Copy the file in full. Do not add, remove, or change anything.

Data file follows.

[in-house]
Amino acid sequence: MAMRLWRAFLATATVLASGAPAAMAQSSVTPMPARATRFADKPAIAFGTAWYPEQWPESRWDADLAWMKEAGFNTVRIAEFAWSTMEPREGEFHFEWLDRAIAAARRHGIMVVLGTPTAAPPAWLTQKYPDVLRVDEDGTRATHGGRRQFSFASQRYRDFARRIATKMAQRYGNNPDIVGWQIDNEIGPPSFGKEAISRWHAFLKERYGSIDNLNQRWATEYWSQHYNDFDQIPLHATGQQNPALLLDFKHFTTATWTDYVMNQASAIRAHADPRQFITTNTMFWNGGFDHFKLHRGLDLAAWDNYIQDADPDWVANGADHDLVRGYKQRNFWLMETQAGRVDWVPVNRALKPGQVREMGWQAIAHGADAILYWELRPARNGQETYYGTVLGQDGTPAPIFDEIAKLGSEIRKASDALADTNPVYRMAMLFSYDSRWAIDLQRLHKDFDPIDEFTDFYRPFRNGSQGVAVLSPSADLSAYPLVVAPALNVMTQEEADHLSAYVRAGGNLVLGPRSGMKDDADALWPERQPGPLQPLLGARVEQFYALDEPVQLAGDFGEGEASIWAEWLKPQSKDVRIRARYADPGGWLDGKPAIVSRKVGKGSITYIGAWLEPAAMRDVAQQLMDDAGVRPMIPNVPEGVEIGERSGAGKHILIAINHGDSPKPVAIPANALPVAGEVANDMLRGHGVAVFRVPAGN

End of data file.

[in-house]
Amino acid sequence: MAMRLWRAFLATATVLASGAPAAMAQSSVTPMPARATRFADKPAIAFGTAWYPEQWPESRWDADLAWMKEAGFNTVRIAEFAWSTMEPREGEFHFEWLDRAIAAARRHGIMVVLGTPTAAPPAWLTQKYPDVLRVDEDGTRATHGGRRQFSFASQRYRDFARRIATKMAQRYGNNPDIVGWQIDNEIGPPSFGKEAISRWHAFLKERYGSIDNLNQRWATEYWSQHYNDFDQIPLHATGQQNPALLLDFKHFTTATWTDYVMNQASAIRAHADPRQFITTNTMFWNGGFDHFKLHRGLDLAAWDNYIQDADPDWVANGADHDLVRGYKQRNFWLMETQAGRVDWVPVNRALKPGQVREMGWQAIAHGADAILYWELRPARNGQETYYGTVLGQDGTPAPIFDEIAKLGSEIRKASDALADTNPVYRMAMLFSYDSRWAIDLQRLHKDFDPIDEFTDFYRPFRNGSQGVAVLSPSADLSAYPLVVAPALNVMTQEEADHLSAYVRAGGNLVLGPRSGMKDDADALWPERQPGPLQPLLGARVEQFYALDEPVQLAGDFGEGEASIWAEWLKPQSKDVRIRARYADPGGWLDGKPAIVSRKVGKGSITYIGAWLEPAAMRDVAQQLMDDAGVRPMIPNVPEGVEIGERSGAGKHILIAINHGDSPKPVAIPANALPVAGEVANDMLRGHGVAVFRVPAGN